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Giants never seem to lose their cool

Continuity, beautiful ballpark help the Giants churn out winners.

SAN FRANCISCO — Boston bills Fenway Park as the "most beloved ballpark in baseball" while the Cubs marketed Wrigley Field this year as the "party of the century."

But if you're looking for a ballpark that actually helps its team win championships, AT&T Park may be the best in the business.

The Giants' picturesque ballpark will be front and center again this weekend as the World Series returns to the city by the bay for the third time in five years. With the Series tied at one game apiece, Tim Hudson faces the Royals' Jeremy Guthrie on Friday in a pivotal Game 3 that figures to be even more intense after the Game 2 shenanigans involving Giants reliever Hunter Strickland and Royals catcher Salvador Perez.

We don't know yet whether the Giants will wind up as the best team in 2014, but there's little doubt they are the best run organization. They have sold out every home game since Oct. 1, 2010, creating a culture of cool that most franchises can only dream of.

What have the Giants been able to do to maintain that success on the field and at the box office?

They have picked good baseball people to run that side of the organization, and smart business executives who know how to stay in their lane and leave the baseball side alone.

"There's a culture of truly figuring it out, up and down the organization, in business (department) and baseball (operations)," chief executive officer Larry Baer said. "If you have that culture, and people that are pretty experienced …

"We have the active wins leader for manager in (Bruce Bochy). We have the senior general manager in the game in Brian (Sabean), and we have continuity here. We've only had two GMs and three field managers in 22 years. And with that, there's a will and a passion to figure it out, and we have the aptitude to do it, too."

The sellouts afford the Giants the financial flexibility to spend money, though they don't go overboard on free agents. They began the season with a $154 million payroll, seventh in baseball, but tend to rewards their own players, like Buster Posey, Matt Cain and Hunter Pence, instead of trying to out-bid the Yankees every winter.

Perhaps because they only go to the World Series every other year, few consider the Giants dynasty material. But they have won 16 of their last 19 postseason games, and could become only the second National League team to win three titles in five years, after the Cardinals of 1942, '44 and '46.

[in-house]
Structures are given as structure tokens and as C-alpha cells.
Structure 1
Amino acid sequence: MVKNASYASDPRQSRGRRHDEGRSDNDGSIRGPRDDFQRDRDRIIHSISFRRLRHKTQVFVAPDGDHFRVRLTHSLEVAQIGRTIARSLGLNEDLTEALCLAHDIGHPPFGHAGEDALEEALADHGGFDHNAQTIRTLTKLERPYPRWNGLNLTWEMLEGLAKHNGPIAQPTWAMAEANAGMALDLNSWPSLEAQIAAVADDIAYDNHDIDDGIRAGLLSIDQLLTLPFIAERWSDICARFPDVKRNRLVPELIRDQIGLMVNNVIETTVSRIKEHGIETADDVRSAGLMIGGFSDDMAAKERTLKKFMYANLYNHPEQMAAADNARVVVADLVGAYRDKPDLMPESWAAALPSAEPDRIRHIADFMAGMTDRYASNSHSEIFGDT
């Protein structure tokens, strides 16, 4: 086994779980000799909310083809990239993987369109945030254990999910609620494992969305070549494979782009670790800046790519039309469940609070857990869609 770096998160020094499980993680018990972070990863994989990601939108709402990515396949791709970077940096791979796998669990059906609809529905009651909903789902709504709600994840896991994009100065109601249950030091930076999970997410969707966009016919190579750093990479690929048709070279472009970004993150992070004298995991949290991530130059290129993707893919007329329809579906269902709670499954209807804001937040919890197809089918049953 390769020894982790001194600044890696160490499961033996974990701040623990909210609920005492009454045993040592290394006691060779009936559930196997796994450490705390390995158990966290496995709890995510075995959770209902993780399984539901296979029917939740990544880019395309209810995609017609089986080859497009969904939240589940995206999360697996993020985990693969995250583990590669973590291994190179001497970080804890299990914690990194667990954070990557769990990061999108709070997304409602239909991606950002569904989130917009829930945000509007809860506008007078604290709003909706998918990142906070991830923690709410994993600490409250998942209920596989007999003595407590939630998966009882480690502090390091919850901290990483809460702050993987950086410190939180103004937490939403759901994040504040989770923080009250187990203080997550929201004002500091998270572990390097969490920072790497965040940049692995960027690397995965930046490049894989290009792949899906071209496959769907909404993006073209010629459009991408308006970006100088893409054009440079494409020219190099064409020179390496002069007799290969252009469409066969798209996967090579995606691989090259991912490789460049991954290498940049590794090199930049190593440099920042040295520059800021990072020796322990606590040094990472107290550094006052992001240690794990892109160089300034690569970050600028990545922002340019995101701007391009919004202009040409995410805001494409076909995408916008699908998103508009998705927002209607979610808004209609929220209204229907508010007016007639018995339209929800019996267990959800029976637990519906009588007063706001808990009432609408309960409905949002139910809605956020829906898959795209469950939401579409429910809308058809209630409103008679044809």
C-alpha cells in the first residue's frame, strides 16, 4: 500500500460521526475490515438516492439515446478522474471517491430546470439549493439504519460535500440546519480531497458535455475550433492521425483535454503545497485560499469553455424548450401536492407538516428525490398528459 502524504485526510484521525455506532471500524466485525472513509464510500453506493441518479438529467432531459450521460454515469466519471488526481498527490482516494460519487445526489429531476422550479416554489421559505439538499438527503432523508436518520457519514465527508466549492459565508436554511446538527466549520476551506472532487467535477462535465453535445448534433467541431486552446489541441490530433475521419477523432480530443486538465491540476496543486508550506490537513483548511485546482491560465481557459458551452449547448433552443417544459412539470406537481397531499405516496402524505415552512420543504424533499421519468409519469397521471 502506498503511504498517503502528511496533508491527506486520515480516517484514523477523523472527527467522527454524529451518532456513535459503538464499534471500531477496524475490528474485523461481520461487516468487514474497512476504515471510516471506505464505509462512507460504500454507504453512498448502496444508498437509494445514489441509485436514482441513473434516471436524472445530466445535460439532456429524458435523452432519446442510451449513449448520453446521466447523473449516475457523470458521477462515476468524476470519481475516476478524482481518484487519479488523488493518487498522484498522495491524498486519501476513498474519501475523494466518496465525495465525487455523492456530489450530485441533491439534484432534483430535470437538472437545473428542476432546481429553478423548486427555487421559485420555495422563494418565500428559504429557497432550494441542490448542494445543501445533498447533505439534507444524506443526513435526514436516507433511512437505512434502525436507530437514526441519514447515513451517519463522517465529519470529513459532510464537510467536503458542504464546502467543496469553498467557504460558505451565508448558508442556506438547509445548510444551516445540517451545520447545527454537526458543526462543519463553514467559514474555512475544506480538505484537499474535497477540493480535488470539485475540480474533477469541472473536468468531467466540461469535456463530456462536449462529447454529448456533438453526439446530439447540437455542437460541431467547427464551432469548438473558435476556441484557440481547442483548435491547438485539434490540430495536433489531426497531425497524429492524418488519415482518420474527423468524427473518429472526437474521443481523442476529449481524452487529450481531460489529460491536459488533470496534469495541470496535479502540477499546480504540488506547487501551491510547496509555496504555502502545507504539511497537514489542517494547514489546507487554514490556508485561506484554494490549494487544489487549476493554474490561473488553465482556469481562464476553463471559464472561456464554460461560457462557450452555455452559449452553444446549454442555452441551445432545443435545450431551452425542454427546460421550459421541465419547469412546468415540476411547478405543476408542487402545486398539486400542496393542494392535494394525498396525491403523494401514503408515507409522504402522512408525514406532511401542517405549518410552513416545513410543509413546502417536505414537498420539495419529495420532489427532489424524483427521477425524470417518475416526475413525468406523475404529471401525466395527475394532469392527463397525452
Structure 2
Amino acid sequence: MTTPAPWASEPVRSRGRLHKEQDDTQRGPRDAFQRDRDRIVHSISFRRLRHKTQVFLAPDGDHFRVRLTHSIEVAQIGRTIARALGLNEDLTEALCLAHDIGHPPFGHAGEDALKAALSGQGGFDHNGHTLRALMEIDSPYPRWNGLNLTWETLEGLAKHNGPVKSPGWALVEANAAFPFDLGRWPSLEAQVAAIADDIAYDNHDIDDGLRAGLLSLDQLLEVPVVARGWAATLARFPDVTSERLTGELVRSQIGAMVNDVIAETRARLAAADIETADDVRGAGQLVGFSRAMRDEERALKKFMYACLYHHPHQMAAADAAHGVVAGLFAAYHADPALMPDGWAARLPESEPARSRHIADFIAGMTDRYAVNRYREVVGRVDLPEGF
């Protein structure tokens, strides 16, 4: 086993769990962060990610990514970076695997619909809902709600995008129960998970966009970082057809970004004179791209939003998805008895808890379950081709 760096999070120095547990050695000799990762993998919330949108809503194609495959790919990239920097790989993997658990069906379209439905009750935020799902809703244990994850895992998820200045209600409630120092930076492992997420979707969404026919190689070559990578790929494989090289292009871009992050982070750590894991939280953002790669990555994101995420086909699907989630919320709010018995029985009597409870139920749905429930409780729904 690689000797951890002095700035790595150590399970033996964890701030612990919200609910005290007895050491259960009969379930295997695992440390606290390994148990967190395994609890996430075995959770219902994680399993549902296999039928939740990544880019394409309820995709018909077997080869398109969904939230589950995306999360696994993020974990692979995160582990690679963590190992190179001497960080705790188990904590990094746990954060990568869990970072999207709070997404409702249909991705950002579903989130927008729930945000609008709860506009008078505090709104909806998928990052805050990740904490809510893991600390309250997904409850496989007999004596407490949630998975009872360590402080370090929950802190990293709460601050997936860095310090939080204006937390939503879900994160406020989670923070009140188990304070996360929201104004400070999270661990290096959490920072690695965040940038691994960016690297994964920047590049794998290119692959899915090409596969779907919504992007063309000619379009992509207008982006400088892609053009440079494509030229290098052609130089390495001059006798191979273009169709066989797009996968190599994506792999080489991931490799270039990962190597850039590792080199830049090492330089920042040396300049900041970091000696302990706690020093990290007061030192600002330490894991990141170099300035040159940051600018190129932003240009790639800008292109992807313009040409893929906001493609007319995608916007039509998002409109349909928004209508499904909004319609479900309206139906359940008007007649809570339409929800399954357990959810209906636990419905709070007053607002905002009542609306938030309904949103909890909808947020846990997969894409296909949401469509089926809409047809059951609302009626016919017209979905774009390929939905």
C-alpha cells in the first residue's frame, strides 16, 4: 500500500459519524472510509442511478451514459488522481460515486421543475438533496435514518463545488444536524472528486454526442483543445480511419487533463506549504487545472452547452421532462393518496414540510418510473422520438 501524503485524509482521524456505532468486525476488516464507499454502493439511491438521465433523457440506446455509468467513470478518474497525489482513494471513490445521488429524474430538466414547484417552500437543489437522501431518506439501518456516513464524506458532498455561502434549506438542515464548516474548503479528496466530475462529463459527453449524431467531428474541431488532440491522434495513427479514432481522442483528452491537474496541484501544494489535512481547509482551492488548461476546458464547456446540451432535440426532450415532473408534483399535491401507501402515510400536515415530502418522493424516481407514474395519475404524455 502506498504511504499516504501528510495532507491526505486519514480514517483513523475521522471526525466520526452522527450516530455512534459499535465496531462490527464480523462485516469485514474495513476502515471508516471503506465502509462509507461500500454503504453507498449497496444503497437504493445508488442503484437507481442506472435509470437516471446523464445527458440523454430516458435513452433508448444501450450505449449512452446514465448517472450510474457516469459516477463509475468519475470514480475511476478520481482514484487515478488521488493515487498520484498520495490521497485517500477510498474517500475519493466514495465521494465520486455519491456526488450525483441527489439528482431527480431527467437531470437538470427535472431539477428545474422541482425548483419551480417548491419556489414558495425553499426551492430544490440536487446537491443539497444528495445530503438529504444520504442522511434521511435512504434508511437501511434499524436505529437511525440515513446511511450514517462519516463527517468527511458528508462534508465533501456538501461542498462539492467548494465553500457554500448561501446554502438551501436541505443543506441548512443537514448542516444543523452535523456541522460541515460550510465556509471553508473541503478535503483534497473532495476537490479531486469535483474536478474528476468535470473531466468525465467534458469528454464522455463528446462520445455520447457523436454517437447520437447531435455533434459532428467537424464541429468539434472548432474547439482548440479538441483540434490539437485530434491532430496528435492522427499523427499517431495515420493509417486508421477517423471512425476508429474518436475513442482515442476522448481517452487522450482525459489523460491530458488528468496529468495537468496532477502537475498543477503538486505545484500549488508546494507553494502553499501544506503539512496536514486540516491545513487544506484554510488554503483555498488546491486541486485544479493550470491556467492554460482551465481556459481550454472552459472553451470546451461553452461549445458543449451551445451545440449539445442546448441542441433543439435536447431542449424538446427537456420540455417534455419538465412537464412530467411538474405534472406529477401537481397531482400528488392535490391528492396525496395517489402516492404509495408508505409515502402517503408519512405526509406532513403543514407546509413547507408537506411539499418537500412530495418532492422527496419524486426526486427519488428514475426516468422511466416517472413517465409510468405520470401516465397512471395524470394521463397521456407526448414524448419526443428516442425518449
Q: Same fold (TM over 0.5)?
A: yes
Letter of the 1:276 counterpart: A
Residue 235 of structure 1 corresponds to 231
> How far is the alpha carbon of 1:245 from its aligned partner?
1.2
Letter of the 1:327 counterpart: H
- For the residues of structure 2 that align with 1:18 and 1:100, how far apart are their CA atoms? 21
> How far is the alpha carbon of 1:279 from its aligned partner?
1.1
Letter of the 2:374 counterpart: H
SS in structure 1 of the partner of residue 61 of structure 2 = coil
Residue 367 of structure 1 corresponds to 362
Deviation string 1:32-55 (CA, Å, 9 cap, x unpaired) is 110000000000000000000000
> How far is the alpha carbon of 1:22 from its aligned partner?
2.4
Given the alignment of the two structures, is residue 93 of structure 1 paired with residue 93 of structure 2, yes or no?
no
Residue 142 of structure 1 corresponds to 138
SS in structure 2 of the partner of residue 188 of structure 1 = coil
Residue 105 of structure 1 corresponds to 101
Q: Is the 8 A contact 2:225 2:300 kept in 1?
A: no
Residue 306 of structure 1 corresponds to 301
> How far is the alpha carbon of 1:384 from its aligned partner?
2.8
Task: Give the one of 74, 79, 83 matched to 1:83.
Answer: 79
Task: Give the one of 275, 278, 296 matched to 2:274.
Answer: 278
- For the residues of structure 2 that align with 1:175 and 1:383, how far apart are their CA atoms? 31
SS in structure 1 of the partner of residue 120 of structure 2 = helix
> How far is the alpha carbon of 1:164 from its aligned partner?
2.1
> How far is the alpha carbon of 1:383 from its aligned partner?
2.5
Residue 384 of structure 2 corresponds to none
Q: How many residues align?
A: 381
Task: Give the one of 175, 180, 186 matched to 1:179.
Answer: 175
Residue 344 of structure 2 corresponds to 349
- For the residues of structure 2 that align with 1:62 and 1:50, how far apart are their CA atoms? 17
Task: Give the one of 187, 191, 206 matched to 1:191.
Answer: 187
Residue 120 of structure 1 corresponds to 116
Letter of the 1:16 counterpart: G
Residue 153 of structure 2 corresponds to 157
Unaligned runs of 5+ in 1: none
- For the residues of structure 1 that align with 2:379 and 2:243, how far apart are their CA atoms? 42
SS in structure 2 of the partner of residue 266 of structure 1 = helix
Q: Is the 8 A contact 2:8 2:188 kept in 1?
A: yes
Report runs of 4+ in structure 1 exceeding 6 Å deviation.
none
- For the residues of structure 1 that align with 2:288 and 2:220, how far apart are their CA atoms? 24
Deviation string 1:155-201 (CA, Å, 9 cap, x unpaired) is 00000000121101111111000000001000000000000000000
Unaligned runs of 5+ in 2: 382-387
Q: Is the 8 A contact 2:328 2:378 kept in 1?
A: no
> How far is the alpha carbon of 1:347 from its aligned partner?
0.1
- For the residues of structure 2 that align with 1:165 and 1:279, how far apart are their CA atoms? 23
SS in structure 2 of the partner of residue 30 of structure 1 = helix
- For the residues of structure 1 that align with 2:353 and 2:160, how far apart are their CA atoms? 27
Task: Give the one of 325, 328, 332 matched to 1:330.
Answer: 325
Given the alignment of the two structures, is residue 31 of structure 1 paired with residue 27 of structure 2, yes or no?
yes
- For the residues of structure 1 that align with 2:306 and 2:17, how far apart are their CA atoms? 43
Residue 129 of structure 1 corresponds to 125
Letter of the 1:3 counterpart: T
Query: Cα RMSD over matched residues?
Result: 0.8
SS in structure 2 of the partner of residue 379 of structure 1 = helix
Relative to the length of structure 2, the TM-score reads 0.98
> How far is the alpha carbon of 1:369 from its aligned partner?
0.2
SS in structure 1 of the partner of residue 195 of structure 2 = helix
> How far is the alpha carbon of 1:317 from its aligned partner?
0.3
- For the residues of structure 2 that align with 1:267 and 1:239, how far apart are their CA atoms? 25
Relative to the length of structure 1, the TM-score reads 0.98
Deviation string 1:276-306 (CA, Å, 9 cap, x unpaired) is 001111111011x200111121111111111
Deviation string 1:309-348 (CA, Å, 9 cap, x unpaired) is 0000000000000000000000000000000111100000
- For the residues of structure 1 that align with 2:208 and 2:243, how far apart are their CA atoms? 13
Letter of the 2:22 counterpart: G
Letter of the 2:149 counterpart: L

Asked the other day if the Giants get the proper amount of respect, Bochy replied: "I think so. I don't know. I don't look around to see or ask if we're getting respected. I mean, this team and the club have had a lot of success. I have to think the way they play the game, they're very humble guys, that hopefully they're getting the respect they should."

This year's wild-card team wasn't expected to do anything in the postseason after stumbling to the finish line with a poor second half. But the Giants managed to overcome adversity and get back to the Series again.

"We had some high highs and some low lows," Baer said. "In late June or July, we were flat-lining. You would go into Bochy's office after a game, and Sabean is in there with (assistant GMs) Dick Tidrow and Bobby Evans, and once in a while I'll come in. And they go through the game — not in an accusatory way, but in a collaborative way, figuring out, 'What roster moves do we have to make? What's happening here?'

"There will be games where we're here till two or three in the morning grinding it out. Just like the players, these guys grind, setting the tone. It's pretty intense."

Baer said the Giants always put money aside for midseason acquisitions at the beginning of the year and also "put some brain power aside to see how we are going to adjust." In 2010 they added Cody Ross and Pat Burrell to help win it all. In 2012 they acquired Pence and Marco Scutaro. And this year they got Jake Peavy to step into the rotation to replace the injured Cain.

The Giants' owners know the support always will be there, even if the team is indeed flat-lining on the field in what's referred locally to as the annual "June Swoon."

"That creates a sense of urgency too," Baer said of the sellouts. "They don't want to disappoint 40,000 fans. In June and July, there was very little booing. Maybe some, but very little."

AT&T Park will be rocking again this weekend, the kayakers will be patrolling the waters of McCovey Cove, and the blimp will provide an Instagram-ready view of it all.

Win or lose, the culture of cool continues in San Francisco.

psullivan@tribune.com

Twitter @PWSullivan

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